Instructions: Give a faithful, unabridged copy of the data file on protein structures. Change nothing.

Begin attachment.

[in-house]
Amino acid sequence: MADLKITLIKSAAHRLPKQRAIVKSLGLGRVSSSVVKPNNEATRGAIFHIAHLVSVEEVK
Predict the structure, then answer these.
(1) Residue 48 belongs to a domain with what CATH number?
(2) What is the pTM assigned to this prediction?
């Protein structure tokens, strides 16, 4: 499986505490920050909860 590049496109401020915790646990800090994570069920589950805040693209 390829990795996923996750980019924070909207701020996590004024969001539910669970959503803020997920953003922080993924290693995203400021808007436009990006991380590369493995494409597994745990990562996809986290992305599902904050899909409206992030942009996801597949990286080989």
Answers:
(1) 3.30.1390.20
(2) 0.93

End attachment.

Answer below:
[in-house]
Amino acid sequence: MADLKITLIKSAAHRLPKQRAIVKSLGLGRVSSSVVKPNNEATRGAIFHIAHLVSVEEVK
Predict the structure, then answer these.
(1) Residue 48 belongs to a domain with what CATH number?
(2) What is the pTM assigned to this prediction?
């Protein structure tokens, strides 16, 4: 499986505490920050909860 590049496109401020915790646990800090994570069920589950805040693209 390829990795996923996750980019924070909207701020996590004024969001539910669970959503803020997920953003922080993924290693995203400021808007436009990006991380590369493995494409597994745990990562996809986290992305599902904050899909409206992030942009996801597949990286080989």
Answers:
(1) 3.30.1390.20
(2) 0.93